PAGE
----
(a) Rs588765 was not associated with smoking abstinence in smokers treated with placebo. Adjusting for NMR, sex and age did not significantly alter the association (ORadjusted = 0.97, Padjusted = 0.93). (b) Rs588765 was not associated with smoking abstinence in smokers treated with nicotine replacement patch. Adjusting for NMR, sex and age did not significantly alter the association (ORadjusted = 0.81, Padjusted = 0.52). (c) Rs588765 was not associated with smoking abstinence in smokers treated with varenicline. Adjusting for NMR, sex and age did not significantly alter the association (ORadjusted = 0.77, Padjusted = 0.36). The black lines represent the average abstinence rate between the CT and TT group. Statistical significance was evaluated using dominant models (i.e. CC = 0 and CT/TT = 1). OR = odds ratio. CC, CT, & TT represent different genotypes of rs588765.
Smoking abstinence rates by rs578776 genotype are shown in Fig 4. rs578776 was not significantly associated with smoking abstinence in the total (adjusting for treatment arm), placebo, nicotine patch, or varenicline groups (total OR = 0.98, 95% CI = 0.69–1.40 and P = 0.93, placebo OR = 1.02, 95% CI = 0.52–2.02 and P = 0.95, patch OR = 0.75, 95% CI = 0.40–1.38 and P = 0.35, and varenicline OR = 1.20, 95% CI = 0.70–2.07 and P = 0.51). There were no significant genotype-by-treatment interactions (S3 Table). These results were not altered substantially when adjusted for the rate of nicotine metabolism, age, sex, and cigarette consumption (Fig 4).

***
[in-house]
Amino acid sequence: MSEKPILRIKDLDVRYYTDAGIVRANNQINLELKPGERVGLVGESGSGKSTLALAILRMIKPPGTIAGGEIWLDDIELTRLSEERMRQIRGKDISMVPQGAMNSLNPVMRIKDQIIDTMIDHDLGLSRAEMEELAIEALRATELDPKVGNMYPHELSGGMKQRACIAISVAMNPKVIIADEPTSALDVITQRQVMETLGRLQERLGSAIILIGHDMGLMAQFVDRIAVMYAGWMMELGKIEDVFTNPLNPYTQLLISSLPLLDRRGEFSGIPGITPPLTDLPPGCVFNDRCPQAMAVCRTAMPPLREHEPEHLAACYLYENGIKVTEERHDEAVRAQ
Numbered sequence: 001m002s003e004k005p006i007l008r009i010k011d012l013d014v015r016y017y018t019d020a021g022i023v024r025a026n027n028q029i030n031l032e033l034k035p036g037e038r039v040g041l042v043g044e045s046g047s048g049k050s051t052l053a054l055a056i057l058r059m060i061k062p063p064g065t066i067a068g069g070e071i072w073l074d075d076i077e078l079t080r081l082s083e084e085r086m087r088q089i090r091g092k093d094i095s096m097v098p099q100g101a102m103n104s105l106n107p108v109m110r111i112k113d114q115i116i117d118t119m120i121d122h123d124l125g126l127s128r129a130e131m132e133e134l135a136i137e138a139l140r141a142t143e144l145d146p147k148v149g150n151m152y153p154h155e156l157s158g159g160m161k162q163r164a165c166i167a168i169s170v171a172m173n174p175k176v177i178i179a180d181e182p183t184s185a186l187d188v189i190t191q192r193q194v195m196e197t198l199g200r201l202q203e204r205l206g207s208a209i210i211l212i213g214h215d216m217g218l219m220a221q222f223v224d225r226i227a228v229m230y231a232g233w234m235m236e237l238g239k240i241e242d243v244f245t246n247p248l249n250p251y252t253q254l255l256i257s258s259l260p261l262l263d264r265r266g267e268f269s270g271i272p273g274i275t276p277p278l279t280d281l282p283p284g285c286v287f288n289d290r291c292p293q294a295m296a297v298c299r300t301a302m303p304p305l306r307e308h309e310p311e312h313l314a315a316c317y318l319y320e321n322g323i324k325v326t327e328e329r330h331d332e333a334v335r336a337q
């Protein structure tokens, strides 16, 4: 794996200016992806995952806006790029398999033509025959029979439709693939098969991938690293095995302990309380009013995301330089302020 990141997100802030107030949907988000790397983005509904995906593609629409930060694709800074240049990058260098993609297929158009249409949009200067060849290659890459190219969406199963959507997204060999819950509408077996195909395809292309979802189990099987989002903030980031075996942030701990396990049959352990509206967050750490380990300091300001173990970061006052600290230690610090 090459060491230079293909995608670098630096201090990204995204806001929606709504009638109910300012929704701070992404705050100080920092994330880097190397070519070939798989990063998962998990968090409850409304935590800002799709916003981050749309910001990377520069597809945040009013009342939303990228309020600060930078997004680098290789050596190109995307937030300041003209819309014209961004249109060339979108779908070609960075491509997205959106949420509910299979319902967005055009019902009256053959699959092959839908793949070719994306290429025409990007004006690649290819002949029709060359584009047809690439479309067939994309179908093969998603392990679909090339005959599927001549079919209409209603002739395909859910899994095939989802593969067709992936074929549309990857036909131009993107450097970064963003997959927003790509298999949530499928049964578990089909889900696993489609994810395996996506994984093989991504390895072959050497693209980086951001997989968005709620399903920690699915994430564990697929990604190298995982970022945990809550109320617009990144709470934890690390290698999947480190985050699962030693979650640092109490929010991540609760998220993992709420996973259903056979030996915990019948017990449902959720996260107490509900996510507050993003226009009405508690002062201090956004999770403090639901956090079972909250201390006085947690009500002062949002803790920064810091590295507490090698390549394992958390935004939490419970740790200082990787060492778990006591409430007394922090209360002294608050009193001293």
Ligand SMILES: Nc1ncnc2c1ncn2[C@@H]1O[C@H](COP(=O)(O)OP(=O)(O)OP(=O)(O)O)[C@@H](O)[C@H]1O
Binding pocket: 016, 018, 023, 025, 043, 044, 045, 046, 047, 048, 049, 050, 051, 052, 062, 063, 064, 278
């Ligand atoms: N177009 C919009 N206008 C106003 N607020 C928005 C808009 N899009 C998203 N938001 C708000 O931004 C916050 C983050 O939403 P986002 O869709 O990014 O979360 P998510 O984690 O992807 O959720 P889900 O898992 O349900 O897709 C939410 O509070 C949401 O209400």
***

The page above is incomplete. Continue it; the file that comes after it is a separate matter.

(a) Rs578776 was not associated with smoking abstinence in smokers treated with placebo. Adjusting for NMR, sex and age did not significantly alter the association (ORadjusted = 1.00, Padjusted = 0.99). (b) Rs578776 was not associated with smoking abstinence in smokers treated with nicotine replacement patch. Adjusting for NMR, sex and age did not significantly alter the association (ORadjusted = 0.74, Padjusted = 0.35). (c) Rs578776 was not associated with smoking abstinence in smokers treated with varenicline. Adjusting for NMR, sex and age did not significantly alter the association (ORadjusted = 1.14, Padjusted = 0.63). The black lines represent the average abstinence rate between the GA and AA group. Statistical significance was evaluated using dominant models (i.e. GG = 0 and GA/AA = 1). OR = odds ratio. NMR = nicotine metabolite ratio. GG, GA, & AA represent different genotypes of rs578776.